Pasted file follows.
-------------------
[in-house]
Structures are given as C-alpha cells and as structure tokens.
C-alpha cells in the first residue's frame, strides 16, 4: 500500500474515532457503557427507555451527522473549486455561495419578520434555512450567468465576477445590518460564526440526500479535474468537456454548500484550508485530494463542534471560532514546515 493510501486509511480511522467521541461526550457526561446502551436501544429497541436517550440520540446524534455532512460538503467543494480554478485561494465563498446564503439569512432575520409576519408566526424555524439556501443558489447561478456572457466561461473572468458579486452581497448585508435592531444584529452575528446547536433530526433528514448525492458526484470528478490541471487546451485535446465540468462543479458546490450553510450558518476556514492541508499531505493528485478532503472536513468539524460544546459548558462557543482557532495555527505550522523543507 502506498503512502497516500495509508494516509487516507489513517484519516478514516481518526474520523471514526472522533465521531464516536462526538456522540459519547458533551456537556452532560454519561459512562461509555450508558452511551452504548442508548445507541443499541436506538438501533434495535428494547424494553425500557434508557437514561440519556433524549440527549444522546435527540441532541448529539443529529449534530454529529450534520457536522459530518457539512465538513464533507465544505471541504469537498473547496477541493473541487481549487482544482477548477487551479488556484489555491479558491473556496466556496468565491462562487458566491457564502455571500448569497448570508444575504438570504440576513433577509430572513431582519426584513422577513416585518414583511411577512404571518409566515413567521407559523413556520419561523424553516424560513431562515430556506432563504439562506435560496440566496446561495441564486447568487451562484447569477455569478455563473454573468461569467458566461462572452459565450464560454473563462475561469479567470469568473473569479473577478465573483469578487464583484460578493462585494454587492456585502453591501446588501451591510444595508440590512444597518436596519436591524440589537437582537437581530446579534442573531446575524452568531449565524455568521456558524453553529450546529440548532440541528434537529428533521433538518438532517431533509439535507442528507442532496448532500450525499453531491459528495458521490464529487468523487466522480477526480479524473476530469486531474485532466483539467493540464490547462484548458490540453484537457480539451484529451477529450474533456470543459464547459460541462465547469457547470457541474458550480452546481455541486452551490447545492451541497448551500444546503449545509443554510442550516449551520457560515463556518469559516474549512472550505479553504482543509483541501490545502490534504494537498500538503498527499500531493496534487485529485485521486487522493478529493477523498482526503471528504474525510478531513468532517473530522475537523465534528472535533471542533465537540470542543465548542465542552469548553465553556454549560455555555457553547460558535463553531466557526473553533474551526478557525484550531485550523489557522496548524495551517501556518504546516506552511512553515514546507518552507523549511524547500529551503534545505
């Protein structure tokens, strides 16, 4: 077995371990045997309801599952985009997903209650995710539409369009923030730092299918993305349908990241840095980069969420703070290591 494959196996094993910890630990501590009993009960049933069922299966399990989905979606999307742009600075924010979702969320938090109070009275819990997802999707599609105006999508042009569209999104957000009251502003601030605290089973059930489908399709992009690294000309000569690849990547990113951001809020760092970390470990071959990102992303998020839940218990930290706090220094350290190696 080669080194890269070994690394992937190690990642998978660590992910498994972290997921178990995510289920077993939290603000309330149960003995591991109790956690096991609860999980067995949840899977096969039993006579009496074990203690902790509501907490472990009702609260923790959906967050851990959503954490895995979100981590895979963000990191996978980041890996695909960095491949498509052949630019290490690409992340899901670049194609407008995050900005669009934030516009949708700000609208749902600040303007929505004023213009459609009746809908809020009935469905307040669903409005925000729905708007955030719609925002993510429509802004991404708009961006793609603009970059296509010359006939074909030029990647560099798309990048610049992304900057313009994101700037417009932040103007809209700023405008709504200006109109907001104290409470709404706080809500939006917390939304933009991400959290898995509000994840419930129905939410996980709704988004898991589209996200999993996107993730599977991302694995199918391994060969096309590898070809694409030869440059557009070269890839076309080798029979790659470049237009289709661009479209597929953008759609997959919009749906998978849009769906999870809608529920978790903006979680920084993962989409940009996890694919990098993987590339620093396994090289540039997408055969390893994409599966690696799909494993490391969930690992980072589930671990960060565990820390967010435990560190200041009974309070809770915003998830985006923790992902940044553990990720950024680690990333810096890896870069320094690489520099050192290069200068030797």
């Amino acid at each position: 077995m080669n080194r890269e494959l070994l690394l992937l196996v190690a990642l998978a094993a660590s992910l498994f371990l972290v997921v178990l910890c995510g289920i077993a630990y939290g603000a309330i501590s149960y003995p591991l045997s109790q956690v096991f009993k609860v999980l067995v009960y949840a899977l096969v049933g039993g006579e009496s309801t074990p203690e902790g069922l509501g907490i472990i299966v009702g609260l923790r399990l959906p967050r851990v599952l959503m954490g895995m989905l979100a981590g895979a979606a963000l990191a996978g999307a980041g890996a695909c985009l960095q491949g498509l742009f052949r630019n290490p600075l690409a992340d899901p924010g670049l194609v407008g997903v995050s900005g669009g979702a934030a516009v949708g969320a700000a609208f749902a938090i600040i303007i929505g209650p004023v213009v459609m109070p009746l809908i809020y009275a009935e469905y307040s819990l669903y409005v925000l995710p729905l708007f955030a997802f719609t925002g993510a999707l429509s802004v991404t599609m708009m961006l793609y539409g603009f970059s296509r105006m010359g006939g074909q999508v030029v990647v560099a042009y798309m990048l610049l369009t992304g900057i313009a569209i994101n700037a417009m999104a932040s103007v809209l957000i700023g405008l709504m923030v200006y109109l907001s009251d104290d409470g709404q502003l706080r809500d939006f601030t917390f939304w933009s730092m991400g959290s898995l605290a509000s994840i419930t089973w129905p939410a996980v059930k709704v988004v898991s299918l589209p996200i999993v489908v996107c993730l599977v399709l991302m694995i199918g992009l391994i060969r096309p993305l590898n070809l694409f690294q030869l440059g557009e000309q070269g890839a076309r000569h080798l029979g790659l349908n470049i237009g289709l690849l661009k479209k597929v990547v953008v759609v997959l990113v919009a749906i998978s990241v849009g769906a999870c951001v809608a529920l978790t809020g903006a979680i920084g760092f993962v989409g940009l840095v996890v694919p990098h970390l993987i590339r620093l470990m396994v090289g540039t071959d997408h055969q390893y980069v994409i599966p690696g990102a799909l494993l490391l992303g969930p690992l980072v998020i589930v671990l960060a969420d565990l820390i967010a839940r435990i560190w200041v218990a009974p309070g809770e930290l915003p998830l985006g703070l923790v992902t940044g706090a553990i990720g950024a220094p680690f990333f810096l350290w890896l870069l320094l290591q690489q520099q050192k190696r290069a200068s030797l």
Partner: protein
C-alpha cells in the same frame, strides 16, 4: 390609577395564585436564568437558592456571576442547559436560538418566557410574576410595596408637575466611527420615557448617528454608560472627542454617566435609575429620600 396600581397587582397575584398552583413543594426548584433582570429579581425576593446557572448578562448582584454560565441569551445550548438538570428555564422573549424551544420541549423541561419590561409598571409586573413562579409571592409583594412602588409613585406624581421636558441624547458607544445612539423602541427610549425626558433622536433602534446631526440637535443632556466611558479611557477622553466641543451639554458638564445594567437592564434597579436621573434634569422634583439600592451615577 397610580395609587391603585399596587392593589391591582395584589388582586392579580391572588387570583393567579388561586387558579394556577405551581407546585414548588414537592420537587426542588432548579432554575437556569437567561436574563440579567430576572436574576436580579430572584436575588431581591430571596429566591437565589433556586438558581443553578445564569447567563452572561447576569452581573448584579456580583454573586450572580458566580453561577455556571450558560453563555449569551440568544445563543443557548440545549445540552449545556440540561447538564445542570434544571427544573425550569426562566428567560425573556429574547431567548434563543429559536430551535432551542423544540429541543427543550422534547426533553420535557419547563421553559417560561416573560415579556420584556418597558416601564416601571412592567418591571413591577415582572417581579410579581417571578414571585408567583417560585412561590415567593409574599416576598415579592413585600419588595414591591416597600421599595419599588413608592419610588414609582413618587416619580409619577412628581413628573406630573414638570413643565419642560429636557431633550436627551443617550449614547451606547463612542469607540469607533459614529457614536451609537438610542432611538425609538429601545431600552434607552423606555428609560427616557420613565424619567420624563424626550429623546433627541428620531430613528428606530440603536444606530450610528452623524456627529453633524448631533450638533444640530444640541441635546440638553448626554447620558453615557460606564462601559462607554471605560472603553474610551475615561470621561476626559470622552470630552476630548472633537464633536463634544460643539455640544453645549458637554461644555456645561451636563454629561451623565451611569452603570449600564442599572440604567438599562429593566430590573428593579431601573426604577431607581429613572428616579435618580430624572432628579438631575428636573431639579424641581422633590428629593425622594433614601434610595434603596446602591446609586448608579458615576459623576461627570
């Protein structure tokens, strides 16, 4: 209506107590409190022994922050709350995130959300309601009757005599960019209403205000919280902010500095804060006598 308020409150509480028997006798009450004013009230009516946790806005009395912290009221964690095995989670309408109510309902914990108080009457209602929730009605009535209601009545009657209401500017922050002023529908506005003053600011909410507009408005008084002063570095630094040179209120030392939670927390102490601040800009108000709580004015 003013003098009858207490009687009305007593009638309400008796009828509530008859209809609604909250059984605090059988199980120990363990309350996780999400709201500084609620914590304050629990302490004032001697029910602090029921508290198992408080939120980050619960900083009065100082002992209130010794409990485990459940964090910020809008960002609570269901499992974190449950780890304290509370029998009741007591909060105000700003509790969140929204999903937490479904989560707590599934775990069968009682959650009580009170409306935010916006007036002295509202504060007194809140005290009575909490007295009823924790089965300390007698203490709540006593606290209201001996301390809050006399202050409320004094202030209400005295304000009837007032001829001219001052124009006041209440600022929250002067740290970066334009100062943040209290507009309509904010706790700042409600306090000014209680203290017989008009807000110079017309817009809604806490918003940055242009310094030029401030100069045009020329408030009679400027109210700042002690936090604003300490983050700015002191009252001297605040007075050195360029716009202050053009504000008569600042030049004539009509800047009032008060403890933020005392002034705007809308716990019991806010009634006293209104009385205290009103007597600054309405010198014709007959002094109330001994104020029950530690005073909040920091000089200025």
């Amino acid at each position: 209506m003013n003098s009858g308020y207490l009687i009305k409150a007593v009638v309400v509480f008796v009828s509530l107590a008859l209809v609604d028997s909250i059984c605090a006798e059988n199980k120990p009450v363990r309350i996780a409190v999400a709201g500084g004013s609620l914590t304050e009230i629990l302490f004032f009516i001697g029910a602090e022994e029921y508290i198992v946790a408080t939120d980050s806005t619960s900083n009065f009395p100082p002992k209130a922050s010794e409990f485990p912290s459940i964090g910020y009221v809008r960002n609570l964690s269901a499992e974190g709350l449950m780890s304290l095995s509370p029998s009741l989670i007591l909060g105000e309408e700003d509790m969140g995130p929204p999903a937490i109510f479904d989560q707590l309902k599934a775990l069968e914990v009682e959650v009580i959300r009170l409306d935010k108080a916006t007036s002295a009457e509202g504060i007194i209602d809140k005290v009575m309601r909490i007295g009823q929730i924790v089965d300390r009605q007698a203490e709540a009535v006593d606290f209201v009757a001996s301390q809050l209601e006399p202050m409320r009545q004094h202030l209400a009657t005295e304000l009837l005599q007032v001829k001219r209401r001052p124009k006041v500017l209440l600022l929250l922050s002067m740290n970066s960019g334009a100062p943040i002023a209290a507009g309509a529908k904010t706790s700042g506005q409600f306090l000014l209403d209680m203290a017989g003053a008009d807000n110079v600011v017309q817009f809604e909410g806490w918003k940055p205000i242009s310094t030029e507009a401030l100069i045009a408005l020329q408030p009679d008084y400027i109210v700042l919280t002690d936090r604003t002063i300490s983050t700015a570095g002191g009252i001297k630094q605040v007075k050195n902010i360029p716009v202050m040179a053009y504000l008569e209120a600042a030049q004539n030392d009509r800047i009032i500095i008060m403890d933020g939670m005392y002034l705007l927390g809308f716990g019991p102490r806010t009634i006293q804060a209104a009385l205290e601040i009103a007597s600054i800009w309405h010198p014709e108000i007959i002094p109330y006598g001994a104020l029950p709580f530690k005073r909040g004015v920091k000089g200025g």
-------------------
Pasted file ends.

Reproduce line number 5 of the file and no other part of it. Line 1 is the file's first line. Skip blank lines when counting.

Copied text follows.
């Amino acid at each position: 077995m080669n080194r890269e494959l070994l690394l992937l196996v190690a990642l998978a094993a660590s992910l498994f371990l972290v997921v178990l910890c995510g289920i077993a630990y939290g603000a309330i501590s149960y003995p591991l045997s109790q956690v096991f009993k609860v999980l067995v009960y949840a899977l096969v049933g039993g006579e009496s309801t074990p203690e902790g069922l509501g907490i472990i299966v009702g609260l923790r399990l959906p967050r851990v599952l959503m954490g895995m989905l979100a981590g895979a979606a963000l990191a996978g999307a980041g890996a695909c985009l960095q491949g498509l742009f052949r630019n290490p600075l690409a992340d899901p924010g670049l194609v407008g997903v995050s900005g669009g979702a934030a516009v949708g969320a700000a609208f749902a938090i600040i303007i929505g209650p004023v213009v459609m109070p009746l809908i809020y009275a009935e469905y307040s819990l669903y409005v925000l995710p729905l708007f955030a997802f719609t925002g993510a999707l429509s802004v991404t599609m708009m961006l793609y539409g603009f970059s296509r105006m010359g006939g074909q999508v030029v990647v560099a042009y798309m990048l610049l369009t992304g900057i313009a569209i994101n700037a417009m999104a932040s103007v809209l957000i700023g405008l709504m923030v200006y109109l907001s009251d104290d409470g709404q502003l706080r809500d939006f601030t917390f939304w933009s730092m991400g959290s898995l605290a509000s994840i419930t089973w129905p939410a996980v059930k709704v988004v898991s299918l589209p996200i999993v489908v996107c993730l599977v399709l991302m694995i199918g992009l391994i060969r096309p993305l590898n070809l694409f690294q030869l440059g557009e000309q070269g890839a076309r000569h080798l029979g790659l349908n470049i237009g289709l690849l661009k479209k597929v990547v953008v759609v997959l990113v919009a749906i998978s990241v849009g769906a999870c951001v809608a529920l978790t809020g903006a979680i920084g760092f993962v989409g940009l840095v996890v694919p990098h970390l993987i590339r620093l470990m396994v090289g540039t071959d997408h055969q390893y980069v994409i599966p690696g990102a799909l494993l490391l992303g969930p690992l980072v998020i589930v671990l960060a969420d565990l820390i967010a839940r435990i560190w200041v218990a009974p309070g809770e930290l915003p998830l985006g703070l923790v992902t940044g706090a553990i990720g950024a220094p680690f990333f810096l350290w890896l870069l320094l290591q690489q520099q050192k190696r290069a200068s030797l």